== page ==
You may have self-care rituals that you prefer to practice solo, but also try to find some nourishing activities that you can do as a couple: meditating together in the morning, walking outside after lunch, or sipping tea and sharing a few things you’re grateful for before bed.
“Being able to do these things together helps to build your connection to each other, while also engaging in healthy ways to cope with the stress that comes while in quarantine,” Bird said. “Keeping a healthy headspace will be good for you and your relationship.”
5. Create a quarantine routine that works for you.
When the world around us is chaotic, maintaining a consistent daily routine can make you feel more grounded.
“Set some structure around your day-to-day activities,” said marriage and family therapist Marni Feuerman. “Decide mealtimes, leisure times, time as a couple or family, and time alone. This will help reduce anxiety, especially if you have kids at home.”
6. Stop keeping score on who’s doing more around the house.
Couples’ systems for divvying up household duties like cooking, cleaning, laundry, walking the dog and taking care of the kids have been turned upside down during the pandemic.
“Though this division of labor may have had its frustrations and imbalances back then, it was at least predictable,” Reilly said. “Now, for many of us, the rules have changed. I’m seeing couples with one partner now working 18-hour hospital shifts and keeping a distance from the family. Or one partner with flexible work hours doing most of the child care and home schooling.”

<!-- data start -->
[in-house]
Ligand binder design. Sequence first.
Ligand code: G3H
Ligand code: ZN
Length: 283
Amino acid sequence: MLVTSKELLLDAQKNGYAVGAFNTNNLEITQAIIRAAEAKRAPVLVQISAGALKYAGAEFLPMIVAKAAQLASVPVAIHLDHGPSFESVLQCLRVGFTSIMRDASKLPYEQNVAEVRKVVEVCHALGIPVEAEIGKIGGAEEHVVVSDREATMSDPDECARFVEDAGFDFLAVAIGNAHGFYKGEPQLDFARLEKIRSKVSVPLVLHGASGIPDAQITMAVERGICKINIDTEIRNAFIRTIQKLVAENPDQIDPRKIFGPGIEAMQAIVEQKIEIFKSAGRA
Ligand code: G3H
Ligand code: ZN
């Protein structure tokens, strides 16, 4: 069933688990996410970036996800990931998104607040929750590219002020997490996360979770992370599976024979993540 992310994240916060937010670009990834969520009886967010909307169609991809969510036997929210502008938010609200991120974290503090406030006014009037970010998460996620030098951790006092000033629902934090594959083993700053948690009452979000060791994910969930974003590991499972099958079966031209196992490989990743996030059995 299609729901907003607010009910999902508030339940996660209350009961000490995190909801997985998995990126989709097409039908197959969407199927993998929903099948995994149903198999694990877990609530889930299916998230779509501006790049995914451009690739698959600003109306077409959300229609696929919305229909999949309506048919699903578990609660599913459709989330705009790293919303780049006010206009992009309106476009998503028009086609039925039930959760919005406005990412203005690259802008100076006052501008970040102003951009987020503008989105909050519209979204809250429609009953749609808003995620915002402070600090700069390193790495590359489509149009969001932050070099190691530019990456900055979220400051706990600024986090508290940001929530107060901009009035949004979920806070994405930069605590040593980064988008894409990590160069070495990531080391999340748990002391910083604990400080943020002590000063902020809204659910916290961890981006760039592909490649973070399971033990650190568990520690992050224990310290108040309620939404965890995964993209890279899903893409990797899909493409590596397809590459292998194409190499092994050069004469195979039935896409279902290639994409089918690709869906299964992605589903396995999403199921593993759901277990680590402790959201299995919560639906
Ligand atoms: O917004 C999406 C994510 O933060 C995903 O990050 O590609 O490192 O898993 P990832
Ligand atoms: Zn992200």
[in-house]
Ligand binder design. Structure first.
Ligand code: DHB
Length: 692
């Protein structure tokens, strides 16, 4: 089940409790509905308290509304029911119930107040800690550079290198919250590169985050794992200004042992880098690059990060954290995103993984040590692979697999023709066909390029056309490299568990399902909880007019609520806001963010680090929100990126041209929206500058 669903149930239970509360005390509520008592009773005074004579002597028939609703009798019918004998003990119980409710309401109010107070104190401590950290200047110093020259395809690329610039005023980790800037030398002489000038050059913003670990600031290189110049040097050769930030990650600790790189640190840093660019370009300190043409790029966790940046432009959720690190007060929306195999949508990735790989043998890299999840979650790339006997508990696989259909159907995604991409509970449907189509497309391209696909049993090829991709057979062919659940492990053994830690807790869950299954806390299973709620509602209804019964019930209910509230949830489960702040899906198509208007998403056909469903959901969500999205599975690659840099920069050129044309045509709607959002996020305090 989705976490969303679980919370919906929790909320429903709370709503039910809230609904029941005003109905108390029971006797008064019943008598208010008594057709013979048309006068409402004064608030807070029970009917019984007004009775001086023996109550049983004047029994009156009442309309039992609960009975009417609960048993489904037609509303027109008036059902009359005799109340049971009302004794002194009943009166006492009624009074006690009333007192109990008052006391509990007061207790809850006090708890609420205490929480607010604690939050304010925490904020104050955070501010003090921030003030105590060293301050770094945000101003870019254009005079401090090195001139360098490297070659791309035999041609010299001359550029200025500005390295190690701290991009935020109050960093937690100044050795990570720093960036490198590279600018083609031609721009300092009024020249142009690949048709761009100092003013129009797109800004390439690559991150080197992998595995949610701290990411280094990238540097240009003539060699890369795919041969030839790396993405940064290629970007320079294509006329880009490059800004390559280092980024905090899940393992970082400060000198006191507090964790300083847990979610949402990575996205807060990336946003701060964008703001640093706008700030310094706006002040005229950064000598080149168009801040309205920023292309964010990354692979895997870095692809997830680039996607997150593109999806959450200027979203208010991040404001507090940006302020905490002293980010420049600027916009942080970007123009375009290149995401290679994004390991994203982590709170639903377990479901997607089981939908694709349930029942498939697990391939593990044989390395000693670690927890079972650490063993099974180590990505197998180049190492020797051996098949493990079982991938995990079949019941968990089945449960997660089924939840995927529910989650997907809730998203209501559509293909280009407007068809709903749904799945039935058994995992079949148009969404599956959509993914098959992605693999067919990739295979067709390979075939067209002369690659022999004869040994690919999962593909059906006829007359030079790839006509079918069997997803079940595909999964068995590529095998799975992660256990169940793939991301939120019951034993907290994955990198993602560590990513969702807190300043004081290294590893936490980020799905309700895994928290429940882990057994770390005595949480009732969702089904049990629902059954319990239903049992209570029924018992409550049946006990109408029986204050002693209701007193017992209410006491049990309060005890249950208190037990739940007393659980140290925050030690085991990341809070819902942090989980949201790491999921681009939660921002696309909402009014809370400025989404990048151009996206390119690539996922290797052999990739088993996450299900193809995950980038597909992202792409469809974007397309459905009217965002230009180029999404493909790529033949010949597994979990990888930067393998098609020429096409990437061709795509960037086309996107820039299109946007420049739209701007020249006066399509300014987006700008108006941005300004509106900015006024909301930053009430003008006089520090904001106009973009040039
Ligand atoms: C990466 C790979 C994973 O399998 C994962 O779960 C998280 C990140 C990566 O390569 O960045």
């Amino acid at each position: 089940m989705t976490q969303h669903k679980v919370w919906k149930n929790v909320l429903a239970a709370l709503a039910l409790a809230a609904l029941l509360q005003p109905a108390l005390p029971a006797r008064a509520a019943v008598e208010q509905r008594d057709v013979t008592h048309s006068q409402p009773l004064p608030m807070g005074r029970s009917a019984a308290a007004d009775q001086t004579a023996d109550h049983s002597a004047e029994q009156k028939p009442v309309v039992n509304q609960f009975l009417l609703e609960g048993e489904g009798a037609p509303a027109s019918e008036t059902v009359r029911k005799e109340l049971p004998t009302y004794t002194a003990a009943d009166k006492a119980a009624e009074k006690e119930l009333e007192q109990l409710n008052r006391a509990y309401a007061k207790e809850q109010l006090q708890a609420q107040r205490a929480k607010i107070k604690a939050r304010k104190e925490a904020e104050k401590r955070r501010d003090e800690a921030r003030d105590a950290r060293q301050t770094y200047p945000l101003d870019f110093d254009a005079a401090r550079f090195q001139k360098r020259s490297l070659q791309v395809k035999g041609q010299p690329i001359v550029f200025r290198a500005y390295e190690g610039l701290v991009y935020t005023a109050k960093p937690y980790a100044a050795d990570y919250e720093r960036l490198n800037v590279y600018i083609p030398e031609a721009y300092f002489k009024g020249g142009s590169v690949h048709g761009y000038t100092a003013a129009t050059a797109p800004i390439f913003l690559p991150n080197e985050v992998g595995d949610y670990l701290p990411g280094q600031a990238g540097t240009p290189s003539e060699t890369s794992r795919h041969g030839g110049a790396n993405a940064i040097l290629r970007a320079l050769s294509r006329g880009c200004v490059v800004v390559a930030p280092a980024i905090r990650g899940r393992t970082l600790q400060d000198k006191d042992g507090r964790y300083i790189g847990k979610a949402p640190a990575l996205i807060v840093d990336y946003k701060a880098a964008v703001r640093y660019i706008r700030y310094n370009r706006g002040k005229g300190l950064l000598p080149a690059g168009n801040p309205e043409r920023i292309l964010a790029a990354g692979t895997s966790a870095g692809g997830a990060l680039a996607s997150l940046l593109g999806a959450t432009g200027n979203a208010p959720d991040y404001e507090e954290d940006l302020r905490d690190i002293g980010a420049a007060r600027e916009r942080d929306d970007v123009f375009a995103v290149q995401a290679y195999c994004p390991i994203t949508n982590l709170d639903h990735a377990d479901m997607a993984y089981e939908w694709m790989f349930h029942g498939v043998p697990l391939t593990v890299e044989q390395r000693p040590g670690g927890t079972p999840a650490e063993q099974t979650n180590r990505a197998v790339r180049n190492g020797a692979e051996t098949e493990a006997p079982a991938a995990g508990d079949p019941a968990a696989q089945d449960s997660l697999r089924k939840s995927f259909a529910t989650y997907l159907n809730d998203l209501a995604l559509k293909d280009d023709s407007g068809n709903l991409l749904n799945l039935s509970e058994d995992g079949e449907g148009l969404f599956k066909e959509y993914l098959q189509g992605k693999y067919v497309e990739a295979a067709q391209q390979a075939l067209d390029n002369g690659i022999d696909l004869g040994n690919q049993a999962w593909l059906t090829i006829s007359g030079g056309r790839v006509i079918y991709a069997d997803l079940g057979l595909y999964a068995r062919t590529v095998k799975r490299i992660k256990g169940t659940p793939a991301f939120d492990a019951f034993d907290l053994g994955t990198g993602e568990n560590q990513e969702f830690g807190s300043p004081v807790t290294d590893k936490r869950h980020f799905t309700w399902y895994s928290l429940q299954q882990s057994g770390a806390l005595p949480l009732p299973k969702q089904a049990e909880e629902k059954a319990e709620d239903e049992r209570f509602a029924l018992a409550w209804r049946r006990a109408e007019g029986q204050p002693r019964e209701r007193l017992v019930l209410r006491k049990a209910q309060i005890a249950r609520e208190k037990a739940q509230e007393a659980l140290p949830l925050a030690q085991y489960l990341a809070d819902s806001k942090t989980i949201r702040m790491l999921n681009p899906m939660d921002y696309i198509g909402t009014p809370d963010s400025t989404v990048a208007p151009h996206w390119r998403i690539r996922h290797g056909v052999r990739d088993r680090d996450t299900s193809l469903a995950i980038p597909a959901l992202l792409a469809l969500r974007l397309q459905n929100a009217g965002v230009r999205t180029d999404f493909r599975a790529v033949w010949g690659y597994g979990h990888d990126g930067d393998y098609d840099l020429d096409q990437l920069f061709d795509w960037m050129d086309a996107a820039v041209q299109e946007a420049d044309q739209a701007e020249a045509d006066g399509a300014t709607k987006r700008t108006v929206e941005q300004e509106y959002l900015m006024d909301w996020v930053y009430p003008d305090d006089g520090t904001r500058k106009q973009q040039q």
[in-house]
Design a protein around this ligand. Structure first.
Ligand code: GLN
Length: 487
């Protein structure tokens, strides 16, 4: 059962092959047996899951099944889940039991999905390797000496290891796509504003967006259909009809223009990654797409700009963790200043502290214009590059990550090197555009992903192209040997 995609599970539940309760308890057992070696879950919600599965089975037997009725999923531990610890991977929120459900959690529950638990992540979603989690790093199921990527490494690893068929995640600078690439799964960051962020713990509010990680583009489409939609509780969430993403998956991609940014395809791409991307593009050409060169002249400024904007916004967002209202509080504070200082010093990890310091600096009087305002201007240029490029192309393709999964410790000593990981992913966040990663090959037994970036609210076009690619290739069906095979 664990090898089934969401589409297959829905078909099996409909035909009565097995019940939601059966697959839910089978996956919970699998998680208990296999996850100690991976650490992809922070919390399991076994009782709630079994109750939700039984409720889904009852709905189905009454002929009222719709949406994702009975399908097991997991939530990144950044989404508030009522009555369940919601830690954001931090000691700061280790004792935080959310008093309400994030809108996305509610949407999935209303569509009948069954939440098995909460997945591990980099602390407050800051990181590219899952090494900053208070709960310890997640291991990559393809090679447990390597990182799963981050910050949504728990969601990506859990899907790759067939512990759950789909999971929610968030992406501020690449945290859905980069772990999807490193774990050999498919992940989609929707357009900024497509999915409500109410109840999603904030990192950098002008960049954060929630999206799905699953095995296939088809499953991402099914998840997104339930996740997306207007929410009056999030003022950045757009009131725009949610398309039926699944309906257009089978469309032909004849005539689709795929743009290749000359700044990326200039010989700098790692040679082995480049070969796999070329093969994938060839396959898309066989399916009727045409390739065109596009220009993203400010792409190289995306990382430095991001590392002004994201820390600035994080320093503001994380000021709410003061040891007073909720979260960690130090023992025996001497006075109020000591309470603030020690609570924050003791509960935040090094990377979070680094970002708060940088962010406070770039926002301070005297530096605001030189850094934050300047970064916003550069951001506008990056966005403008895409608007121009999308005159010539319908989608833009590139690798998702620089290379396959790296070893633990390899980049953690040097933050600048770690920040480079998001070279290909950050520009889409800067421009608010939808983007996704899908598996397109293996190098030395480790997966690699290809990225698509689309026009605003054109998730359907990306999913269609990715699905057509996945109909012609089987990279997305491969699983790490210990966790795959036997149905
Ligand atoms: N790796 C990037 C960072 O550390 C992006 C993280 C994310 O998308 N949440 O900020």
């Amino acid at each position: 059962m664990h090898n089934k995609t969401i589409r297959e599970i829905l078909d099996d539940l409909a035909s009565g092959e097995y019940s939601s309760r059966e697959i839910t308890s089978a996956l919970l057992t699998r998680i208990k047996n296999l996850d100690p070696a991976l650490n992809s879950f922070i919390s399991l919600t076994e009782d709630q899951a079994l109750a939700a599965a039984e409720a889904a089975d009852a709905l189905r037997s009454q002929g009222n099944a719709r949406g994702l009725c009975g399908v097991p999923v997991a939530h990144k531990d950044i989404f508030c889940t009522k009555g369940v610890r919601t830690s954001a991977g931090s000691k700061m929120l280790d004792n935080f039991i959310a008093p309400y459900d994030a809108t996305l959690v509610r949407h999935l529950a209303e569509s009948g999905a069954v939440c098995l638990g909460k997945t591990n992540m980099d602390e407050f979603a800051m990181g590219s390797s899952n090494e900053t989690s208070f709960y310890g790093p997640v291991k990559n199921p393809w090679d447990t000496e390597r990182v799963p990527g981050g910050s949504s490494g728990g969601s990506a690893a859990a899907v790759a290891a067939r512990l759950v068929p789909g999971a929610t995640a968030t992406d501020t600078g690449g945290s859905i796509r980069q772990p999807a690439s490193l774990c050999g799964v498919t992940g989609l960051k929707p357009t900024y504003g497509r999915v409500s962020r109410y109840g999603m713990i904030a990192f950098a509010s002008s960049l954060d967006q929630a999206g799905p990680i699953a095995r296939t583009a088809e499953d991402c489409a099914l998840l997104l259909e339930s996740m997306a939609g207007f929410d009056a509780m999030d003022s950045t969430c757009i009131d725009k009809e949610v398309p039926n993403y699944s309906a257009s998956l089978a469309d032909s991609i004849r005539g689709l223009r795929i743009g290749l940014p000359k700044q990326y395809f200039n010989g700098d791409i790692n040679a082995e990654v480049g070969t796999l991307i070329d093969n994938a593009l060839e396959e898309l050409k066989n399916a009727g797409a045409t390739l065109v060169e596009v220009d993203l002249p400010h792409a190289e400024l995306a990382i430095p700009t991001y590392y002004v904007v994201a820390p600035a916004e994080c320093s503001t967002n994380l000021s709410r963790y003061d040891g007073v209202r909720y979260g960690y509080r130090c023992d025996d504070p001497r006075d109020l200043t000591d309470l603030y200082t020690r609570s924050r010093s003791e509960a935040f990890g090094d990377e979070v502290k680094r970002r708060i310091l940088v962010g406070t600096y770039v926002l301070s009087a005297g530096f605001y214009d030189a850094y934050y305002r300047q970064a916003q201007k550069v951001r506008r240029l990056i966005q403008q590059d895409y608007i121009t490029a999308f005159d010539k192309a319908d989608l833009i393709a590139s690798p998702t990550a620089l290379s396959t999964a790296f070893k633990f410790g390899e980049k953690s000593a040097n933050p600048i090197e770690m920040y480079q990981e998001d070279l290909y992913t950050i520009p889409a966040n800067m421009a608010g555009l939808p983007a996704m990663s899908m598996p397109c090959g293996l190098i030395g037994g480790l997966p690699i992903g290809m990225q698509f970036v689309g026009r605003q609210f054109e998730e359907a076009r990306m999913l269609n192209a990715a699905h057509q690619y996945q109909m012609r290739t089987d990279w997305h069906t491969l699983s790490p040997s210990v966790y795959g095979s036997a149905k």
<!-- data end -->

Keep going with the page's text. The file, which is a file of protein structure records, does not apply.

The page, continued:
“A good rule of thumb: Do as much as you can, express gratitude for your partner’s contribution and accept that there’s likely too much to do.”
– Winifred M. Reilly, marriage and family therapist
Given the mounting responsibilities, don’t get hung up on making sure everything’s divided evenly. Remember that your partner is probably doing their best — there’s just a lot on both of your plates right now.
“A good rule of thumb: Do as much as you can, express gratitude for your partner’s contribution and accept that there’s likely too much to do,” Reilly said.
7. Don’t try to resolve long-standing conflicts right now.
This probably isn’t the best time to hash out major relationship problems that existed prior to the quarantine, Feuerman said.
“For some couples, things have gotten better and for others, much worse,” she said. “If it’s gotten really contentious between you both, online therapy is readily available to help you better navigate your relationship. Don’t hesitate to get professional help.”
If there are smaller, specific grievances you need to air, bring them up but stay focused on the issue at hand. Avoid resorting to criticism or making sweeping generalizations that attack your partner’s character.
“For example, don’t criticize or try to control a partner who wishes to return to work,” Feuerman said. “Instead, state how you feel and make the small request for change. Saying something like, ‘I get scared at the idea of you going back to the office so soon. Can we decide together around the timing for that?’ is much more likely to get a positive response.’”